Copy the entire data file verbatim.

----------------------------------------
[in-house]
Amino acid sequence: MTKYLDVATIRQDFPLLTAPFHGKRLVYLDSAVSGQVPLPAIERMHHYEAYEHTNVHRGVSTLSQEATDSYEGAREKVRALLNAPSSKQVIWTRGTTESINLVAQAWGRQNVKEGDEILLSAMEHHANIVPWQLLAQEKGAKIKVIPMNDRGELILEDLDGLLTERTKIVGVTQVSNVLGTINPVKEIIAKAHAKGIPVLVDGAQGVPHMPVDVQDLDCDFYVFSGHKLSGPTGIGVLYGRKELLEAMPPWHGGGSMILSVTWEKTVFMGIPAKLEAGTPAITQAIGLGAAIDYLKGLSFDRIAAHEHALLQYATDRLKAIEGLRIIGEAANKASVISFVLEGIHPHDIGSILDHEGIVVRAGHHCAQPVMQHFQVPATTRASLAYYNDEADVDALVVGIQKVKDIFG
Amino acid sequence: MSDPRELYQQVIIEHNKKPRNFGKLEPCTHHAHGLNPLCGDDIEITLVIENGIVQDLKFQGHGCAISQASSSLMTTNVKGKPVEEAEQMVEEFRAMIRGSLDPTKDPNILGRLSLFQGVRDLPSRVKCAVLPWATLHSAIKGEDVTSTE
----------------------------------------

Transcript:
[in-house]
Amino acid sequence: MTKYLDVATIRQDFPLLTAPFHGKRLVYLDSAVSGQVPLPAIERMHHYEAYEHTNVHRGVSTLSQEATDSYEGAREKVRALLNAPSSKQVIWTRGTTESINLVAQAWGRQNVKEGDEILLSAMEHHANIVPWQLLAQEKGAKIKVIPMNDRGELILEDLDGLLTERTKIVGVTQVSNVLGTINPVKEIIAKAHAKGIPVLVDGAQGVPHMPVDVQDLDCDFYVFSGHKLSGPTGIGVLYGRKELLEAMPPWHGGGSMILSVTWEKTVFMGIPAKLEAGTPAITQAIGLGAAIDYLKGLSFDRIAAHEHALLQYATDRLKAIEGLRIIGEAANKASVISFVLEGIHPHDIGSILDHEGIVVRAGHHCAQPVMQHFQVPATTRASLAYYNDEADVDALVVGIQKVKDIFG
Amino acid sequence: MSDPRELYQQVIIEHNKKPRNFGKLEPCTHHAHGLNPLCGDDIEITLVIENGIVQDLKFQGHGCAISQASSSLMTTNVKGKPVEEAEQMVEEFRAMIRGSLDPTKDPNILGRLSLFQGVRDLPSRVKCAVLPWATLHSAIKGEDVTSTE